The Tudors - Edward VI - Protestantism
Edward VI was just nine years old when his father died and he became King. His father had made provision for a Regency government comprised of 16 trusted men. However, Edward's uncle, Edward Seymour, seized the regency for himself and the title 'Protector of all the realms and dominions of the King's majesty.' Seymour placed Edward firmly under his control by removing him from his home and forbidding contact with his stepmother or sisters. He also gave himself the title Duke of Somerset.
Due to the break with Rome effected by Henry VIII, Edward had been educated by Protestant tutors, consequently he was a confirmed Protestant. Edward Seymour was also a Protestant and he encouraged Edward to make sweeping changes to the Church.
The changes began immediately with the dissolving of the Chantries and the seizing of the money for the Crown. The dissolving of the Chantries was an attack on the Catholic belief in Purgatory and the saying of prayers for the dead.
It was announced that priests would be allowed to marry. The Catholic religion demanded that priests remain celibate and forbade marriage.
A new Prayer Book was introduced that included the following:
Altars were abolished and replaced by simple tables.
Priests were not to wear elaborate vestments.
The Mass was abolished and replaced with Holy Communion - the difference being that the bread and wine now only represented Christ and did not become Christ.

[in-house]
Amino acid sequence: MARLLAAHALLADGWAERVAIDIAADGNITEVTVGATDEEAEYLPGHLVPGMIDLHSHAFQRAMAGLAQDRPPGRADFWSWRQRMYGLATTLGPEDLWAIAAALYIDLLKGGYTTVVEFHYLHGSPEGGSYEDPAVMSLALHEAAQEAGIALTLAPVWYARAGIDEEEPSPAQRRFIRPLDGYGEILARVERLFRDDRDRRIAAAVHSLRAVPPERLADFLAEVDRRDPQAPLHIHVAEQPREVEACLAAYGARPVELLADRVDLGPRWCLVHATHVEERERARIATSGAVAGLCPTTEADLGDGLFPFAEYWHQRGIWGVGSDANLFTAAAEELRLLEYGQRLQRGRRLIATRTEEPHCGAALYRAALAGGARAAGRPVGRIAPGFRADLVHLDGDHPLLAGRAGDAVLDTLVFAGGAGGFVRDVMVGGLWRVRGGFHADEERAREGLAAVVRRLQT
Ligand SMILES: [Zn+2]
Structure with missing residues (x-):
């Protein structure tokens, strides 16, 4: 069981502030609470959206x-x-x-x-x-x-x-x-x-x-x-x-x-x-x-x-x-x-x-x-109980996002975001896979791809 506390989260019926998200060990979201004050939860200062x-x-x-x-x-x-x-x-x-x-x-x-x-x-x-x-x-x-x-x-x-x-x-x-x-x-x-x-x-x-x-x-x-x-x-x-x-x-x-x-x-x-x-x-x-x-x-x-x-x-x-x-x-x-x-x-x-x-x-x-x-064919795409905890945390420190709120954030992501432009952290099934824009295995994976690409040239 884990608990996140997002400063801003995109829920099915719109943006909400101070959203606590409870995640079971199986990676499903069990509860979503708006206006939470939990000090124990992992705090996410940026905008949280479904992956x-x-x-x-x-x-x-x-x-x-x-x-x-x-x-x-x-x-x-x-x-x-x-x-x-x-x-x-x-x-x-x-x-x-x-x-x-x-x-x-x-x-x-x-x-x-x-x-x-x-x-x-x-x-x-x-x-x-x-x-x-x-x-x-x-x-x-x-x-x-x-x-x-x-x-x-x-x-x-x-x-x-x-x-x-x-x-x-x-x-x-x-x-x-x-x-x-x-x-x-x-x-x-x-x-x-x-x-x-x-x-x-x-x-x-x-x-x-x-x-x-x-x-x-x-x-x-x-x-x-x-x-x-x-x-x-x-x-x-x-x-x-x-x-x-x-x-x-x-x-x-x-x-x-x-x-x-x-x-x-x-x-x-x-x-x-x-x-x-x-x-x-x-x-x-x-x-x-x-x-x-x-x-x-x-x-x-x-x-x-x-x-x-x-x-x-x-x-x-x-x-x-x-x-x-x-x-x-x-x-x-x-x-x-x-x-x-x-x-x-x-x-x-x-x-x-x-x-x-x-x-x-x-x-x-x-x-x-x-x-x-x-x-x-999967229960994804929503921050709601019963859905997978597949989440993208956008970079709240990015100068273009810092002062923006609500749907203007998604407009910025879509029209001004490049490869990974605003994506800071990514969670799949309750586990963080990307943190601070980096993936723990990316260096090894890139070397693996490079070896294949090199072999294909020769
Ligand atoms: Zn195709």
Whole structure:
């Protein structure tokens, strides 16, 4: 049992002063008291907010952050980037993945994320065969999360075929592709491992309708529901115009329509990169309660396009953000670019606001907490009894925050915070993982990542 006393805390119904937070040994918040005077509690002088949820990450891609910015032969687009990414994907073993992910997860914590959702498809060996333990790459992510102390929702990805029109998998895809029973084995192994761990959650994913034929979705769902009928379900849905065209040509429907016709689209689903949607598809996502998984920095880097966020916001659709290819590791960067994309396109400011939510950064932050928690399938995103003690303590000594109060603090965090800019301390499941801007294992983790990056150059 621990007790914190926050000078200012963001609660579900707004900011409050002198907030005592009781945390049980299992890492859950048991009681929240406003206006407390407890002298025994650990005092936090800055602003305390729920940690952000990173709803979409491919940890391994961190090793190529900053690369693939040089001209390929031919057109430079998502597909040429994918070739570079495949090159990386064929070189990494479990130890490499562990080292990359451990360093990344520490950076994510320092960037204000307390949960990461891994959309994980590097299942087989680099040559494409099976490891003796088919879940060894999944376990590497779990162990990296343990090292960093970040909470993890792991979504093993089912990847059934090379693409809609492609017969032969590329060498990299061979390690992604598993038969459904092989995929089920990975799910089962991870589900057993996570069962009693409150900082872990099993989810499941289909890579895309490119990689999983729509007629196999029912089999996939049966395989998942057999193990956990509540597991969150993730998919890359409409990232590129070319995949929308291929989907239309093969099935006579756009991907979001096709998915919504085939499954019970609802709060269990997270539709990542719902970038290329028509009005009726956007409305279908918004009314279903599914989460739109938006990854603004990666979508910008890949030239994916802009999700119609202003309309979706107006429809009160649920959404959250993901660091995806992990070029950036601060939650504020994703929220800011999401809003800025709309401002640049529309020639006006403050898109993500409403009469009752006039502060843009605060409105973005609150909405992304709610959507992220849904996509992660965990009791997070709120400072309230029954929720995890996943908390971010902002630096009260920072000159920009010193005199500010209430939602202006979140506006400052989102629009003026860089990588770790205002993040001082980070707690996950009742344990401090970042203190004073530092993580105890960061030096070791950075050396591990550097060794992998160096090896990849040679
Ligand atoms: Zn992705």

Predestination - the belief that it was already decided if you were bound for heaven or hell - was accepted. It was not possible to buy a place in heaven through good works, donating money to the church or saying prayers.
These changes meant that many Protestants from Europe came to England.
Death and Succession
Edward VI died in 1553 at the age of 15. By the terms of Henry VIII's will, his eldest daughter, Mary, was next in line of succession. However, Edward's Regent at the time, Sir John Dudley, Duke of Northumberland, wanted to prevent the accession of a Catholic monarch. It was therefore announced that as both Mary and Elizabeth were illegitimate they would not be able to take the throne. Chosen to be successor was Lady Jane Grey, grandaughter of Henry VIII's youngest sister, Mary. In order to maintain his control, Northumberland married Jane to his son, Guildford. Jane became Queen of England, but only reigned for nine days. Mary raised her standard against Northumberland and, with the people on her side, claimed her rightful place on the throne on 19th July 1553. Northumberland, his son Guildford and Jane Grey were executed for treason.
Lady Jane Grey
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